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Leaving Home: Modeling the Effect of Civic and Economic Structure on Individual Migration Patterns


  • Alfred Nucci
  • Charles Tolbert
  • Troy Blanchard
  • Michael Irwin


This research analyzes the effect of community structure upon individuals' probabilities of moving between 1985 and 1990. Using the full Census sample long form microdata for 1990, we re-allocate adult persons in 1990 to their 1985 county of residence. Then, using origin county macro-structural variables (derived from the Economic Census microdata) and individual characteristics (from Decennial Census microdata), we develop a two level hierarchical linear model. In level 1, we construct a logistic equation modeling individual probabilities of moving. In level 2, we model the contextual effects of origin community structure on these models. These contextual effects fall into two categories: 1) economic conditions that comprise the usual aggregate 'push' factors and 2) civic community factors that act to retain people in their community. Results specify the relationship between community context and individual migration patterns, and demonstrate effects of local economic structure and local civic structure on these individual probabilities. Most notably, we find that civic attributes of communities are associated with a propensity to stay in place, net of community economic factors and individual characteristics.

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  • Alfred Nucci & Charles Tolbert & Troy Blanchard & Michael Irwin, 2002. "Leaving Home: Modeling the Effect of Civic and Economic Structure on Individual Migration Patterns," Working Papers 02-16, Center for Economic Studies, U.S. Census Bureau.
  • Handle: RePEc:cen:wpaper:02-16

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    References listed on IDEAS

    1. Barrett Lee & R. Oropesa & James Kanan, 1994. "Neighborhood Context and Residential Mobility," Demography, Springer;Population Association of America (PAA), vol. 31(2), pages 249-270, May.
    2. W. A. V. Clark, 1985. "Human Migration," Book Chapters,in: Grant I. Thrall (ed.), Scientific Geography, pages 51 Regional Research Institute, West Virginia University.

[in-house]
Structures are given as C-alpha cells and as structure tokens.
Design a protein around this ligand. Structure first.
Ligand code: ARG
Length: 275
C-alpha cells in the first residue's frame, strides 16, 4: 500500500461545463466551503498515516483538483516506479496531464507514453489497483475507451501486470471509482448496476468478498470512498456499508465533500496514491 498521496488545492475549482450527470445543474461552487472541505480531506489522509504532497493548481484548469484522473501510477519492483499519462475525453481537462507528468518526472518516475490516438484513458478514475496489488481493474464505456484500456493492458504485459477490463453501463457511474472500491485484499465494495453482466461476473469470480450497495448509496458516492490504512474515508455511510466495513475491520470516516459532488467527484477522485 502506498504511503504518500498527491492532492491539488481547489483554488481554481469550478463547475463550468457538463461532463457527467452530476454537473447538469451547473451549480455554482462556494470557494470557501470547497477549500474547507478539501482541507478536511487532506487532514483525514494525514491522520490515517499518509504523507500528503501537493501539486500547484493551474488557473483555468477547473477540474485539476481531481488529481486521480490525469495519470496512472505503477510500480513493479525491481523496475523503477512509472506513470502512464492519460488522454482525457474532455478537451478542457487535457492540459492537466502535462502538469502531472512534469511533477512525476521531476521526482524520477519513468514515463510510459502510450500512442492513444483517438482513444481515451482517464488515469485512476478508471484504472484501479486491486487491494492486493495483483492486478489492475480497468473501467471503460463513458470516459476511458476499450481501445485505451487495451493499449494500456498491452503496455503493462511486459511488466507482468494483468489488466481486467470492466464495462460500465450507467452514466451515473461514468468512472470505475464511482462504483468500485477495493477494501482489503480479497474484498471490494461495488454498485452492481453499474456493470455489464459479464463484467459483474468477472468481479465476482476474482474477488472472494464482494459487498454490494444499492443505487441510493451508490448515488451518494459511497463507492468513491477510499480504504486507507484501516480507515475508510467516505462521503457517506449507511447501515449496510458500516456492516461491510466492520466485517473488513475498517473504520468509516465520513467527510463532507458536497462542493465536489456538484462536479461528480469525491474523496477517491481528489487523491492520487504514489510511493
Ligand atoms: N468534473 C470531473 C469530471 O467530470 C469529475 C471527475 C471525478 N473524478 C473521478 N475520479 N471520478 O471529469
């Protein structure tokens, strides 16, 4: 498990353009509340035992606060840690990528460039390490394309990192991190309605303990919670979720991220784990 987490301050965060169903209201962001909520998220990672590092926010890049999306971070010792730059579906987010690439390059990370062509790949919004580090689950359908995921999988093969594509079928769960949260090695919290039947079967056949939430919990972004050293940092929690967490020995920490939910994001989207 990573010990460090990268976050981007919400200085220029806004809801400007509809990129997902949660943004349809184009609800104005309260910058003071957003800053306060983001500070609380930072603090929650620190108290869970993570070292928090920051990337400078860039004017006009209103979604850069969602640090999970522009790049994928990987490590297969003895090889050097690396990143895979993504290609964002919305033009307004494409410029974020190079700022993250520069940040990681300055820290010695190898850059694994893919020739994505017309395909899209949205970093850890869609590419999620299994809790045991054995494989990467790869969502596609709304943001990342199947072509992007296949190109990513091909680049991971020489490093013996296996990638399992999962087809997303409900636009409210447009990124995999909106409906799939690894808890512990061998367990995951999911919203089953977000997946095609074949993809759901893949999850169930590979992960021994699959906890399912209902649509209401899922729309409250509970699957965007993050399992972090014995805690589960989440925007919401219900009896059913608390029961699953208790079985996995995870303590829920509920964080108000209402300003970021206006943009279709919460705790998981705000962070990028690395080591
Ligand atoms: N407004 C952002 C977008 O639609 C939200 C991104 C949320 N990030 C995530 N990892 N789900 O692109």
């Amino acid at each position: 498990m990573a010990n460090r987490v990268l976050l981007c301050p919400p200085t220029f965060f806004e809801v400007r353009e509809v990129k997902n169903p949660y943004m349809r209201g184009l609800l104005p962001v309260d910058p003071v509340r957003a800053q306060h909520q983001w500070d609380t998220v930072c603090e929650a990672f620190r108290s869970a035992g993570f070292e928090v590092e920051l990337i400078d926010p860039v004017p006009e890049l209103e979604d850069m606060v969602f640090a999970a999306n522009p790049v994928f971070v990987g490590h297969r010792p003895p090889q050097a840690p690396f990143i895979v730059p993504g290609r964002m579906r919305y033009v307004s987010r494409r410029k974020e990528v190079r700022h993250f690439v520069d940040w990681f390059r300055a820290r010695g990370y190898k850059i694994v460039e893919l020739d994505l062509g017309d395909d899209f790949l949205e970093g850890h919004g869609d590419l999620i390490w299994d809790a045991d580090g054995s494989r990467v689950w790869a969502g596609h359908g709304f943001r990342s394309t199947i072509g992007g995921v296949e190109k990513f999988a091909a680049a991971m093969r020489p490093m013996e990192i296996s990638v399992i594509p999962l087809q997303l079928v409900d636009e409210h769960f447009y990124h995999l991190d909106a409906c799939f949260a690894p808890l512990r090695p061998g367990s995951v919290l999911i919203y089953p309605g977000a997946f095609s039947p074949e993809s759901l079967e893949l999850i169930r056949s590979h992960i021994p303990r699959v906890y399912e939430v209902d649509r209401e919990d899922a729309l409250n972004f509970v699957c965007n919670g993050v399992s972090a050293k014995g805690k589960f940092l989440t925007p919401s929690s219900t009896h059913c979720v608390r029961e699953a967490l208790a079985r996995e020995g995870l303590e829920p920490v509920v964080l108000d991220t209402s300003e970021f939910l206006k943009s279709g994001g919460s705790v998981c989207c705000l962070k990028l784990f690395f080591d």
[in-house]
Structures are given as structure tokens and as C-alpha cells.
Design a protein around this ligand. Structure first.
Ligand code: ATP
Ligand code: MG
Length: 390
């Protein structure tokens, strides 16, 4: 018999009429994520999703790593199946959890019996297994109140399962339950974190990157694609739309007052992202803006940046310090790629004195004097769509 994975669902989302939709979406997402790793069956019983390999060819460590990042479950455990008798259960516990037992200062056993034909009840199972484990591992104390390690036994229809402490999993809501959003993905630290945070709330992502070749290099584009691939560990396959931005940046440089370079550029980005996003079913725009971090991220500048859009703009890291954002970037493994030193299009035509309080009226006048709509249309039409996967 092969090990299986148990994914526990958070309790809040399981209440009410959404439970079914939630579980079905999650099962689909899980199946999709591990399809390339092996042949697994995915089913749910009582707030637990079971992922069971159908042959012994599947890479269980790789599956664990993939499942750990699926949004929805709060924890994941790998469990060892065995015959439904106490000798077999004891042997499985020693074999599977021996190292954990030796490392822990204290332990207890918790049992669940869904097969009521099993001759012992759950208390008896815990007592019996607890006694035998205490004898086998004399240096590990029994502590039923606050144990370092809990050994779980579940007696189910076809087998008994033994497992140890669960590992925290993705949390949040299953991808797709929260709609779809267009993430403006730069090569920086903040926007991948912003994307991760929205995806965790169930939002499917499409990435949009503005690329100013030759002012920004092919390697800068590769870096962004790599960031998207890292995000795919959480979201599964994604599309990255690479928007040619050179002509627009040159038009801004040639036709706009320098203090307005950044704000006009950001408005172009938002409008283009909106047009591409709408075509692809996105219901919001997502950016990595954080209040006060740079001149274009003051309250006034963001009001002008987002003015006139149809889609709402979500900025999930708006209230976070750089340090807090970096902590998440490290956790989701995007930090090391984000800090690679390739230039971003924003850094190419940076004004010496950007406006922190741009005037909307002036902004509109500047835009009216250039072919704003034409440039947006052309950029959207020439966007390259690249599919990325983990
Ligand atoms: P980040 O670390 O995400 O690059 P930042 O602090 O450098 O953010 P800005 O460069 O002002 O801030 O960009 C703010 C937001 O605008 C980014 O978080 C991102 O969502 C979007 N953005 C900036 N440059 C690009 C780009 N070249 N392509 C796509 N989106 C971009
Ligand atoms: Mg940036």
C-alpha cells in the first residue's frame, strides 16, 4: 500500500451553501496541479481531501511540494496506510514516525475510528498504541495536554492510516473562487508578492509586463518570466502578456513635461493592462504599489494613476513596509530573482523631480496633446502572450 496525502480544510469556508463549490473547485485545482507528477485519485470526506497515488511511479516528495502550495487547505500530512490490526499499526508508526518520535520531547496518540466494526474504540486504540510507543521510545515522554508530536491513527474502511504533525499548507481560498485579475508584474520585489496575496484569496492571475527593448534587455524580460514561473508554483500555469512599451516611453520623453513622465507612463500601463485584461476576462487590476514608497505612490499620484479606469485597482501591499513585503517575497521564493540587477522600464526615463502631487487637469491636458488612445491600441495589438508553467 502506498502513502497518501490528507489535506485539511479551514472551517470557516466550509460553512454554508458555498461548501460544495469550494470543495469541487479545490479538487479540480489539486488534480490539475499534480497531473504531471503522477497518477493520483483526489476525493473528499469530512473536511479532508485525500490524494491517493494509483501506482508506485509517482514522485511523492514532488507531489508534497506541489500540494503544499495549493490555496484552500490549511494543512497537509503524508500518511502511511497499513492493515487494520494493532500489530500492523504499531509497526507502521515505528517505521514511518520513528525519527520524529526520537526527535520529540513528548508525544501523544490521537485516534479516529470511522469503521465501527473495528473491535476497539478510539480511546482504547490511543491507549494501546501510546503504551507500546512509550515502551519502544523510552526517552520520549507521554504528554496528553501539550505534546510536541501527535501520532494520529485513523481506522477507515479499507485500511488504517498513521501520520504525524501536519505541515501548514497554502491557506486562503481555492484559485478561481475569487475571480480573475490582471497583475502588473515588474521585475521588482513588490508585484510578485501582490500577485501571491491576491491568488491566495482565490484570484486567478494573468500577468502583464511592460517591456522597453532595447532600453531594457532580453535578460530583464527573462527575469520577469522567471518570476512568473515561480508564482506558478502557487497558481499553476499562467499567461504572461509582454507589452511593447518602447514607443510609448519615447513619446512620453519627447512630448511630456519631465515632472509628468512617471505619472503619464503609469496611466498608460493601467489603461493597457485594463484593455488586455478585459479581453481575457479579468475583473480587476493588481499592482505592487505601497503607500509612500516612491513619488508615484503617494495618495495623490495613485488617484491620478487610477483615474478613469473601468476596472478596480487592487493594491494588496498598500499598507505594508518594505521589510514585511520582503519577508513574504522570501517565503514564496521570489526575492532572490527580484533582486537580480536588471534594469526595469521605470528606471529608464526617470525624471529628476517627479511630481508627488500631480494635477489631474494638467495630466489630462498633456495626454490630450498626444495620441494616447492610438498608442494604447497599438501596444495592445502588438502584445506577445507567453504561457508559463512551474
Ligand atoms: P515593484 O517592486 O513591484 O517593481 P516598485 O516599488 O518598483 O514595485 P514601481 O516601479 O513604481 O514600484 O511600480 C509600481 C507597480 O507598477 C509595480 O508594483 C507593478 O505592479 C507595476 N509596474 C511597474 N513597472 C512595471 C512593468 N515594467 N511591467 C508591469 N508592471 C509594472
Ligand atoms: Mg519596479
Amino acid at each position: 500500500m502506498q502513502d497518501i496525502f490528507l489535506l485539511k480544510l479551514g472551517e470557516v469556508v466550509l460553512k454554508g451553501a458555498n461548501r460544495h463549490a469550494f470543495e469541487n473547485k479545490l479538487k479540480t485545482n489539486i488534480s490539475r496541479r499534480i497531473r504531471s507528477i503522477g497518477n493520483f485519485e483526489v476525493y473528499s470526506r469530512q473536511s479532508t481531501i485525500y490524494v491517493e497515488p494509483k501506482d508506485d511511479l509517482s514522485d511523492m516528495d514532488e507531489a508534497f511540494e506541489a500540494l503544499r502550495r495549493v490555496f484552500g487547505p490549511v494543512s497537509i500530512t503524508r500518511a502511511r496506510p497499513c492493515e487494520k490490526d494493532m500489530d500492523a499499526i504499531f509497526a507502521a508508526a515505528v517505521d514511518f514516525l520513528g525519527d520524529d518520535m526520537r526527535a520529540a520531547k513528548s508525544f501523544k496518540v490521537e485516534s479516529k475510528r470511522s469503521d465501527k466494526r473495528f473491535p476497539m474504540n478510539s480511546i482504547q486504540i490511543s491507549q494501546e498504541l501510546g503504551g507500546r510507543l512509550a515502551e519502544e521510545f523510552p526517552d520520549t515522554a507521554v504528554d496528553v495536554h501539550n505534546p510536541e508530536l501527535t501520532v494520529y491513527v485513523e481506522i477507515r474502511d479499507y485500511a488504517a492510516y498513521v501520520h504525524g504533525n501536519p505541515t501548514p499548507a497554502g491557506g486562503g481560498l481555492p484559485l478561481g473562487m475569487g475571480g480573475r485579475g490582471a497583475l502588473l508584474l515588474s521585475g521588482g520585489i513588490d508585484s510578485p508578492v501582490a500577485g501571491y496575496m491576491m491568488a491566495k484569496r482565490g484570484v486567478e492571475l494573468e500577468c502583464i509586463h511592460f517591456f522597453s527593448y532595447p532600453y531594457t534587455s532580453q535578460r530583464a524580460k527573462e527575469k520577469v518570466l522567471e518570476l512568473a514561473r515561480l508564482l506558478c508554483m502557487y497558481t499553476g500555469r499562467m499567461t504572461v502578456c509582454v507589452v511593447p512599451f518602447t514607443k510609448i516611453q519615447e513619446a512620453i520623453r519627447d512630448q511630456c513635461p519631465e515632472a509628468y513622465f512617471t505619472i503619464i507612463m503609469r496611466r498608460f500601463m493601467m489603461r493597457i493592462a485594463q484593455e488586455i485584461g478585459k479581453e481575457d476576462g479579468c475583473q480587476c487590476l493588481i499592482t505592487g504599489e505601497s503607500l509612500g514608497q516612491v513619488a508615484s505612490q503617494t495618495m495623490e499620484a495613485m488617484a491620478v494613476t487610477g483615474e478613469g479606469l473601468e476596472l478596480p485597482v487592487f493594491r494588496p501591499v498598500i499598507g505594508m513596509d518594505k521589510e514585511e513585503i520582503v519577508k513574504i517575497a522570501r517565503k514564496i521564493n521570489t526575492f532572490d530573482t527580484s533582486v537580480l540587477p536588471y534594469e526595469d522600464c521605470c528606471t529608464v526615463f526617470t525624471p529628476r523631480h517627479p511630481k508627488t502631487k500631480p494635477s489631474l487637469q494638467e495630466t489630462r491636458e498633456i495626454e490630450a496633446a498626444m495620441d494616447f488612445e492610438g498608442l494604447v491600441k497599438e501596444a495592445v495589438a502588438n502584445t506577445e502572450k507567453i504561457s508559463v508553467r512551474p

3. Steven J. Davis & John C. Haltiwanger & Scott Schuh, 1998. "Job Creation and Destruction," MIT Press Books, The MIT Press, edition 1, volume 1, number 0262540932, July.
    4. T A Lyson & C M Tolbert, 1996. "Small manufacturing and nonmetropolitan socioeconomic well-being," Environment and Planning A, Pion Ltd, London, vol. 28(10), pages 1779-1794, October.
    5. DaVanzo, Julie, 1978. "Does Unemployment Affect Migration?-Evidence from Micro Data," The Review of Economics and Statistics, MIT Press, vol. 60(4), pages 504-514, November.
    6. William Clark, 1992. "Residential preferences and residential choices in a multiethnic context," Demography, Springer;Population Association of America (PAA), vol. 29(3), pages 451-466, August.
    7. Larry Long, 1973. "Migration differentials by education and occupation: Trends and variations," Demography, Springer;Population Association of America (PAA), vol. 10(2), pages 243-258, May.
    8. T A Lyson & C M Tolbert, 1996. "Small Manufacturing and Nonmetropolitan Socioeconomic Well-Being," Environment and Planning A, , vol. 28(10), pages 1779-1794, October.
    9. repec:brs:ecchap:12 is not listed on IDEAS
    10. Glenn Deane, 1990. "Mobility and adjustments: Paths to the resolution of residential stress," Demography, Springer;Population Association of America (PAA), vol. 27(1), pages 65-79, February.
    11. Michael White & Peter Mueser, 1988. "Implications of boundary choice for the measurement of residential mobility," Demography, Springer;Population Association of America (PAA), vol. 25(3), pages 443-459, August.
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    Cited by:

    1. Julie L. Hotchkiss & M. Melinda Pitts & John C. Robertson, 2006. "The push-pull effects of the information technology boom and bust: insight from matched employer-employee data," FRB Atlanta Working Paper 2006-01, Federal Reserve Bank of Atlanta.

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    CES; economic; research; micro; data; microdata; chief; economist;

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